Do we make love more often when it’s hot ?
Rédaction en ligne
vendredi 27 juillet 2012, 15:29
In our collective imagination, scorching hot weather means sex. However, even though sultry weather seems to be perfect for sex, the link isn’t that simple.
L’Amour dure trois ans – DR
« Sex on the beach », « sex in the summer »… every year, films and songs promote the same images. Torrid weather and almost naked bodies seem to form the perfect mixture for some hanky-panky, but things are not that simple in real life.
Hot weather and sex, a geographic variable
Seasonal birth rates provide some clues about the intensity of sexual activity. In regions with a tropical or southern climate, birth rates fall in the spring – i.e. 8 to 9 months after the summer – which seems to rule out the hypothesis that hot weather encourages sexual activity.
Two theories exist. According to the first one, due to the adverse effects of heat on the quality of sperm, fewer babies are born following a summer roll in the hay. Nonetheless, other researchers argue that sex drive itself is affected.
Indeed, a study by the University of North Norway’s medicine and clinical biochemistry showed that testosterone levels in subjects monitored during periods of hotter weather were lower.
Actually, geography plays a crucial role in understanding the impact of heat on our social interactions. People do not react to 35ºC weather in the same way on both sides of the equator.
In northern climates, birth rates soar in the spring, which reminds future parents of summertime, a fertile period for procreation.
Still, the subtle link between hot weather and sex is not in the least enough to explain more intense sexual activity during the summer.
Forget about chemistry and hyperactive hormones, as shown by lower sexual activity in southern populations during the summer, the link between sex and higher temperatures seems to be nothing more than a myth.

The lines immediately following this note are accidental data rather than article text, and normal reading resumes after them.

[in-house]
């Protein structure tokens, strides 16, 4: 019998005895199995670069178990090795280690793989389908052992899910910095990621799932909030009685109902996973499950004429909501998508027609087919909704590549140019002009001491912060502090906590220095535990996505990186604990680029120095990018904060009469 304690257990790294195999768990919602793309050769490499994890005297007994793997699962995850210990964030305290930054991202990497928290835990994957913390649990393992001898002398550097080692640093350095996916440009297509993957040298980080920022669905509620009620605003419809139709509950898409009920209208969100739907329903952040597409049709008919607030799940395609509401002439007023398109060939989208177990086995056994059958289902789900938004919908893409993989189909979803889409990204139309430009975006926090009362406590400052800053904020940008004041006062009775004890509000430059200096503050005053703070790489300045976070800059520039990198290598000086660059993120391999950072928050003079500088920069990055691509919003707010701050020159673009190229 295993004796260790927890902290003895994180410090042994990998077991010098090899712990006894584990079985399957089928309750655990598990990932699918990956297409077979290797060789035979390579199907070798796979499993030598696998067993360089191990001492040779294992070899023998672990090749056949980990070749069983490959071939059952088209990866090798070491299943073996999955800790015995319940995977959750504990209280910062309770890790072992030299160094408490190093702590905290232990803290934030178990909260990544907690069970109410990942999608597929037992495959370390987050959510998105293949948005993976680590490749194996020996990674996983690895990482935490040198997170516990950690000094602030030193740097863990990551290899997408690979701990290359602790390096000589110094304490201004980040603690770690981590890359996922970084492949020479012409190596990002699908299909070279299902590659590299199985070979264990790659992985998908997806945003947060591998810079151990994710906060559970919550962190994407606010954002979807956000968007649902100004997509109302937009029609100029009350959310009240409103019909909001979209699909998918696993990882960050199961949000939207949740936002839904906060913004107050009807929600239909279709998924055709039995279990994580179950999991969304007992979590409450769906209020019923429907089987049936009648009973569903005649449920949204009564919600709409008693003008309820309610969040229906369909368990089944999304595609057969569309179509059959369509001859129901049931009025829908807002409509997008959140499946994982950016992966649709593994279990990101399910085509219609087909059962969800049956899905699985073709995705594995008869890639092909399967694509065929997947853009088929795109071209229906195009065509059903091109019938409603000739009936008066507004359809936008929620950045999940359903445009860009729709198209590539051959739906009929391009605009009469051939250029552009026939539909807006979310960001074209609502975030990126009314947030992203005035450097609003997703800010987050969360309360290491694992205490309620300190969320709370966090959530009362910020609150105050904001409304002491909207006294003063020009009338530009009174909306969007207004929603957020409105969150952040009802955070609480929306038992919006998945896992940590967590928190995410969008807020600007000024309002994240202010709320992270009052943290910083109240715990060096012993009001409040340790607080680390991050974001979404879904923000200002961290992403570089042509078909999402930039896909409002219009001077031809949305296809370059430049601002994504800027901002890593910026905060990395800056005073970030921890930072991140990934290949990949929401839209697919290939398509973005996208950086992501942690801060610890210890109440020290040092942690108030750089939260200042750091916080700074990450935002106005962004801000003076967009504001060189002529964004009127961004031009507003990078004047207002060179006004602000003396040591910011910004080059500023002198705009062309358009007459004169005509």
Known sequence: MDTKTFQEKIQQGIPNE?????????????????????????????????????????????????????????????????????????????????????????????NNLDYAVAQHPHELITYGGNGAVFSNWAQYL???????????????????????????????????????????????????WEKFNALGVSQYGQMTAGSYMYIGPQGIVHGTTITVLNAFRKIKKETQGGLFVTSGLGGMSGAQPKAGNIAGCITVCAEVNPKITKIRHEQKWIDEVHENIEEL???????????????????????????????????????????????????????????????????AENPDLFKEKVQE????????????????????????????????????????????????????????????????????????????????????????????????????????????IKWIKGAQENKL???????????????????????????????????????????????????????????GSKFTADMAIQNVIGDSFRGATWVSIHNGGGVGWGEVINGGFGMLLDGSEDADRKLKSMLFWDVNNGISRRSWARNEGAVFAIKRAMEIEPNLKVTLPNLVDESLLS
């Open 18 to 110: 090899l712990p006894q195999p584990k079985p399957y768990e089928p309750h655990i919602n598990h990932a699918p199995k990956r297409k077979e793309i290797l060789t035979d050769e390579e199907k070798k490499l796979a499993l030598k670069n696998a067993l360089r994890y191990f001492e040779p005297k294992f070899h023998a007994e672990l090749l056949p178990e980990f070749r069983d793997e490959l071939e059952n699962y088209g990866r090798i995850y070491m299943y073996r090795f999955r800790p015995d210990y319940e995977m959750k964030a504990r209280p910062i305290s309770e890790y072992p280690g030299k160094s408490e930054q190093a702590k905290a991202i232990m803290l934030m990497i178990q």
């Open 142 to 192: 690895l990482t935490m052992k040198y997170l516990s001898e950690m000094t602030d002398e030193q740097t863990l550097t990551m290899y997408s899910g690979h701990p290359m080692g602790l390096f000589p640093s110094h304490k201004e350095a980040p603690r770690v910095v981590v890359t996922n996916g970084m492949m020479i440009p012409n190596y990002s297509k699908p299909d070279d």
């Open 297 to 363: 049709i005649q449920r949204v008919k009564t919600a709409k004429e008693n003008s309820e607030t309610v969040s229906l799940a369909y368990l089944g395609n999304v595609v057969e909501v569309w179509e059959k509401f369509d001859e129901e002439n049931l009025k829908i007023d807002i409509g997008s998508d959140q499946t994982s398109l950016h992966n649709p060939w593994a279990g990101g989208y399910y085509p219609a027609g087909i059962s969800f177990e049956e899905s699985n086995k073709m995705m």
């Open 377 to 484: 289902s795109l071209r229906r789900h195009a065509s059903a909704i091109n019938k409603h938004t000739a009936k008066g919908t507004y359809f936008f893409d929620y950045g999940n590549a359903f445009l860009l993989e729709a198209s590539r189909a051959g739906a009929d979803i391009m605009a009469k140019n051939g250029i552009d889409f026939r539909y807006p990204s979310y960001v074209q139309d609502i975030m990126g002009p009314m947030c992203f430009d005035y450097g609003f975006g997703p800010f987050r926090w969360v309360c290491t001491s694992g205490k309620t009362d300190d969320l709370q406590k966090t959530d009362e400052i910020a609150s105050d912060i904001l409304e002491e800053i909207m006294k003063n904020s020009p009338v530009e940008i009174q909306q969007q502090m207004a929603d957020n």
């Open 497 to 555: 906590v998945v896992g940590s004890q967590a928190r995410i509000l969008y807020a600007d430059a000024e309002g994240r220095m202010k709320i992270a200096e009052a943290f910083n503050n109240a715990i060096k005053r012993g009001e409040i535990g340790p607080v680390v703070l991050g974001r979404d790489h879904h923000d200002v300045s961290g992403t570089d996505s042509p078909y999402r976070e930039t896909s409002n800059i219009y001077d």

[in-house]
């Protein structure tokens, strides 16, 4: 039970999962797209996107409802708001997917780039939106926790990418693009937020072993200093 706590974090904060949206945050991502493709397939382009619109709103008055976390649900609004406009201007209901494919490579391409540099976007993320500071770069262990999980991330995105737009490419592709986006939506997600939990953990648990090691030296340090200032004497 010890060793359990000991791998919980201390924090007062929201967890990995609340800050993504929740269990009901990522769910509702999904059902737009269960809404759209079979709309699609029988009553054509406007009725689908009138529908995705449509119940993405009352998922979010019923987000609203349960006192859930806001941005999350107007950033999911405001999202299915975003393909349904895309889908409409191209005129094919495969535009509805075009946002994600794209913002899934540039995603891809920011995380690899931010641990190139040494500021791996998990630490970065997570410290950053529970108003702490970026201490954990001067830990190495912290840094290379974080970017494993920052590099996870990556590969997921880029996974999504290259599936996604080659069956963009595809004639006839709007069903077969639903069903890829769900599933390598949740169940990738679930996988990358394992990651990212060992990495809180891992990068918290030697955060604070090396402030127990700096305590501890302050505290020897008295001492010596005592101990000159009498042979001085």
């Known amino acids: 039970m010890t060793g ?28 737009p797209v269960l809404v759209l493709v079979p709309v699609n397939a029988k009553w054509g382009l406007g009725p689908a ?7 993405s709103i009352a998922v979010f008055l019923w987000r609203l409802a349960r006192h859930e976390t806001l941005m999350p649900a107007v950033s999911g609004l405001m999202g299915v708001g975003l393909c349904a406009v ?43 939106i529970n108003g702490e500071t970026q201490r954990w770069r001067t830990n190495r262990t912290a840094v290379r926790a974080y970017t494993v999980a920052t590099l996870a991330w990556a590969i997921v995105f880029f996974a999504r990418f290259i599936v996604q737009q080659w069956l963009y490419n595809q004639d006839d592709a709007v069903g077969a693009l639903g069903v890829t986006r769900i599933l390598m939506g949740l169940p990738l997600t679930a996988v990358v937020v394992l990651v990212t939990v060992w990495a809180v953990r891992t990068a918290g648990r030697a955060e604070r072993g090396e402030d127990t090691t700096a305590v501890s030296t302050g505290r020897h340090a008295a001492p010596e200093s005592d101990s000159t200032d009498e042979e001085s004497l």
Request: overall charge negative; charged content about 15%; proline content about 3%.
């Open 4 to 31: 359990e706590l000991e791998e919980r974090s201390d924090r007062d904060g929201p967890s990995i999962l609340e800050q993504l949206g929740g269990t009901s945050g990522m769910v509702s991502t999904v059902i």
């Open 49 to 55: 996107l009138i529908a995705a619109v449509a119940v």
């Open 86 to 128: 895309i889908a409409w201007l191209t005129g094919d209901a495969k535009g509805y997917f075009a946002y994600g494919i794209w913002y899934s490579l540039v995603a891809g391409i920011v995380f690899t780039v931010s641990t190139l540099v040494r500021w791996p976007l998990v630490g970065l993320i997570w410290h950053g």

Summer, a time for meeting new people : psychological and social factors
With the summer holidays and the pleasant weather, both men and women go out more often. With more people in squares and bars, meeting new people is easier.
What if hot weather had more of an influence on our minds than on our bodies ?
This theory is confirmed an article by Matthew Vass, which was published in the Psychological Science journal, as the researcher shows that people tend to spontaneously associate hot weather and promiscuity. Could this be the scientific validation of old sayings which usually describe southern people as more buoyant and northern people as colder-tempered ?
Although one should be wary of culturalist stereotypes and easy links between morals and weather, the History of science, be it sociology or chemistry, shows how fascinated we are about the influence of climate on our bodies. Emile Durkheim already suggested, in 1897, that temperature had an influence on suicidal tendencies, while Marcel Mauss showed the influence of cold weather in the « sexual communism » of Inuit populations.
Alicia Bourabaa (st.) – translation Michele Daniele